Small to medium-sized enterprises (SMEs) in Hong Kong have made significant progress in digitalising their businesses and will continue to invest in digital technologies, according to a recent survey conducted by QBE Hong Kong.
The drive for digitalisation has continued among Hong Kong SMEs, QBE’s annual SME survey reveals. More than half (57%) said they have digitalised during the past 12 months to reduce internal costs, boost productivity and reach more customers.
“The survey provides useful insights on the challenges that SMEs in Hong Kong are facing,” said Ms. Lei Yu, CEO North Asia and Regional Head of Distribution at QBE Asia.
“The findings show that SMEs are catching up quickly in utilising digital technologies to help achieve their evolving business goals.”
Sales growth is a key priority
In the rapidly changing business environment, growing sales amid reduced customer spending became a key priority for SMEs (21%), followed by customer acquisition and retention (18%).
In addition, SMEs are concerned about staff acquisition, training and retention, as well as logistical and export-import issues, reflecting that maintaining sales performance and ensuring business continuity are critical.
To overcome the challenges, SMEs are adopting digital technologies and looking for flexible business models to help improve business performance and resilience.
Most SMEs have digitalised
SMEs have accelerated their digitalisation efforts in the past two years – a majority of the respondents (88%) said they currently use digital technologies or intend to invest in them, continuing the upward trend seen in 2020 (75%) and 2019 (73%).
At present, the three top investment areas are collaborative software for staff (40%), marketing through social or online media (40%) and e-commerce (38%).
E-commerce has become an important business channel for SMEs, with four in five of them buying and selling goods and services online. In fact, the proportion of revenues generated by e-commerce compared to by traditional means has risen to 45% in 2021 from 35% a year earlier. This figure is expected to reach almost half (49%) within the next 12 months.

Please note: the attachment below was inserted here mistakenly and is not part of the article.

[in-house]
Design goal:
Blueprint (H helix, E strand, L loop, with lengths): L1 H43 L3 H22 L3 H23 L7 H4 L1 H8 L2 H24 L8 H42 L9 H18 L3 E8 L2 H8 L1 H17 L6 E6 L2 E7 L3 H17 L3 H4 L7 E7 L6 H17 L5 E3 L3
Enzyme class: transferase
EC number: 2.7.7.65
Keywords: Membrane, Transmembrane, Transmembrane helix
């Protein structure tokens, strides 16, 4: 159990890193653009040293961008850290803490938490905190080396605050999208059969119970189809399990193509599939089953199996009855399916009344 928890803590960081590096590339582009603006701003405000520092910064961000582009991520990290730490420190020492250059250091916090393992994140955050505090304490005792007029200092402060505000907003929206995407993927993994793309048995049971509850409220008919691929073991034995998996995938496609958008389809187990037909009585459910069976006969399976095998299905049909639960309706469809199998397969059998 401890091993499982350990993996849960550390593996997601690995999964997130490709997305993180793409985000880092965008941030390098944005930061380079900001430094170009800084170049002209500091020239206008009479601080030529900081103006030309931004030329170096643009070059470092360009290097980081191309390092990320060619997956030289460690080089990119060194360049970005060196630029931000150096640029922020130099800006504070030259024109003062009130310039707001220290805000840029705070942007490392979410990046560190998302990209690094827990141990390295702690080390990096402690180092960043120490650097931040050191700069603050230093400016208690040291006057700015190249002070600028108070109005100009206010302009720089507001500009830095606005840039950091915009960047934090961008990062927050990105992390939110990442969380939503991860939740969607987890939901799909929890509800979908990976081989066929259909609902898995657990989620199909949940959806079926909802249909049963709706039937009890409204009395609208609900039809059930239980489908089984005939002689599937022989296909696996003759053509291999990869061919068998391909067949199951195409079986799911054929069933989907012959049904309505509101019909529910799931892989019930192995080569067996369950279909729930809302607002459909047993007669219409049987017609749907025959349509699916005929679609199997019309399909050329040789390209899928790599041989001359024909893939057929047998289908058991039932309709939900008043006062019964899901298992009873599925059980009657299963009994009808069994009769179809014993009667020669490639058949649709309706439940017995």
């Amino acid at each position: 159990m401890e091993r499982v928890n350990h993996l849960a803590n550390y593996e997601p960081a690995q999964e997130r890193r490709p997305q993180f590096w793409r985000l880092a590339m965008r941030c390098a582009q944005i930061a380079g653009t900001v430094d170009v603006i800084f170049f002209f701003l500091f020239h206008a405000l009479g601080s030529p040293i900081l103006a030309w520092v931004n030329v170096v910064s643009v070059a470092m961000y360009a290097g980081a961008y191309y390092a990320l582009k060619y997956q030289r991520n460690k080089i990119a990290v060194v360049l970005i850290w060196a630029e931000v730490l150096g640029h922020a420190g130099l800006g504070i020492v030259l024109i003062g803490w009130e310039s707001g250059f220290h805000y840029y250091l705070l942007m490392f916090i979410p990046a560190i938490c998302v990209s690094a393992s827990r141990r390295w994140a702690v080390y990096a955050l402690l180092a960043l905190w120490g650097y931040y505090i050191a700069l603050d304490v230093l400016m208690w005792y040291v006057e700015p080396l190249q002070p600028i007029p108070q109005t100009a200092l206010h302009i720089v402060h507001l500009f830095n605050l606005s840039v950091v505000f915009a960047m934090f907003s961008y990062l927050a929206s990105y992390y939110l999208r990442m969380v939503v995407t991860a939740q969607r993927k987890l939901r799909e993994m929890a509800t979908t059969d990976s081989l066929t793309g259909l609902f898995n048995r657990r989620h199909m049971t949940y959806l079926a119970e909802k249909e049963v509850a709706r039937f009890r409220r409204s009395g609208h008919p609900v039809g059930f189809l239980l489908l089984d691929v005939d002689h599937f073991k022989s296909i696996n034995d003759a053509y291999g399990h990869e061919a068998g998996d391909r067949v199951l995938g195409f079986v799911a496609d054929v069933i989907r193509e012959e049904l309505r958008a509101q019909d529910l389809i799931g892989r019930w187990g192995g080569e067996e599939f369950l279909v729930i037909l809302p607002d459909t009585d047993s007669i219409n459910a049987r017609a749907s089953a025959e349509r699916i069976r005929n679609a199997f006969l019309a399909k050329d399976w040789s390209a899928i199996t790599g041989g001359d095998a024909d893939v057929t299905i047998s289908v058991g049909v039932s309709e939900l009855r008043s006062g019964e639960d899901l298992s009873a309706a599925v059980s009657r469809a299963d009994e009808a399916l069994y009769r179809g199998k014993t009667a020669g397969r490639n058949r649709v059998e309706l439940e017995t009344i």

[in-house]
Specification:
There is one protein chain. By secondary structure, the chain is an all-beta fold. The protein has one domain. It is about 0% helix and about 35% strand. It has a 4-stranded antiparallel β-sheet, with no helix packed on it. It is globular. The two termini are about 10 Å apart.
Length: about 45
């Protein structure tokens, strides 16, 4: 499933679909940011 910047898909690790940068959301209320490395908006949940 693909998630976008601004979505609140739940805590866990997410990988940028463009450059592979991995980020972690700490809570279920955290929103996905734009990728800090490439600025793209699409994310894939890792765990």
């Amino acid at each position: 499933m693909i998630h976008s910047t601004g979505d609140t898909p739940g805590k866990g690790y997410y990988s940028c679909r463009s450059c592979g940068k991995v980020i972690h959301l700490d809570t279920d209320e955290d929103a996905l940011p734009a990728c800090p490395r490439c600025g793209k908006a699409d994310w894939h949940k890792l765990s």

Despite the strong outlook, SMEs cited greater competition, data security threats and rising customer expectations as the main challenges for e-commerce.
As a result, there is a surge in cyber risk awareness among SMEs, which jumped to 43% from 24% in 2020. SMEs took protection against cyber risk in several different forms, including software solutions and staff training, but particularly, 39% used insurance as a form of protection.
In view of the take-up, there was an increased appetite for insurance against fraud and online crime. About a fifth of SMEs surveyed (21%) held insurance against customer fraud online, up from 11% in 2020.
Many SMEs also bought cover for loss of money due to dishonest employees (19%), protection against cyberattacks (18%) and theft of sensitive data online (16%).
SMEs not only digitalised their business operation, but also in their insurance purchase process – more than one-third of them (37%) preferred buying insurance online, particularly for group life, loss of income due to business interruption and unauthorized computer access.
Nevertheless, a significant number of them (29%) still preferred buying insurance through an agent, citing better service, preference on human contact and clear information as major reasons.
Increased demand for insurance, but SMEs are still under-insured in key areas
Since the start of COVID-19, SMEs have put more attention to business resilience and protection. The survey found that over a third (36%) of Hong Kong SMEs have purchased more business insurance since the pandemic.
Notably, the four key areas of insurance coverage include damage to business property, customer fraud, loss of money by third parties and loss of money due to dishonesty by employees.
Having said that, SMEs are still under-protected in certain key risk areas. Generally speaking, they are concerned about the types of business risk that could cause loss of income, with the top three being damage or loss of inventory, liability to others due to product or service issues, followed by loss due to equipment breakdown.
Yet, despite these concerns, fewer than one in five (17%) have the appropriate insurance for each of the three scenarios.
Ms. Lei added, “Our annual survey shows that awareness of and appetite for insurance keeps changing, however the underlying trend of insurance and risk management awareness is upwards. This is important because it is in everyone’s interests for them to be adequately protected. SMEs need flexible insurance products that allow them to choose insurance types and coverage according to their own needs.”
The survey fieldwork was carried out in November 2021 and surveyed 426 Hong Kong SMEs.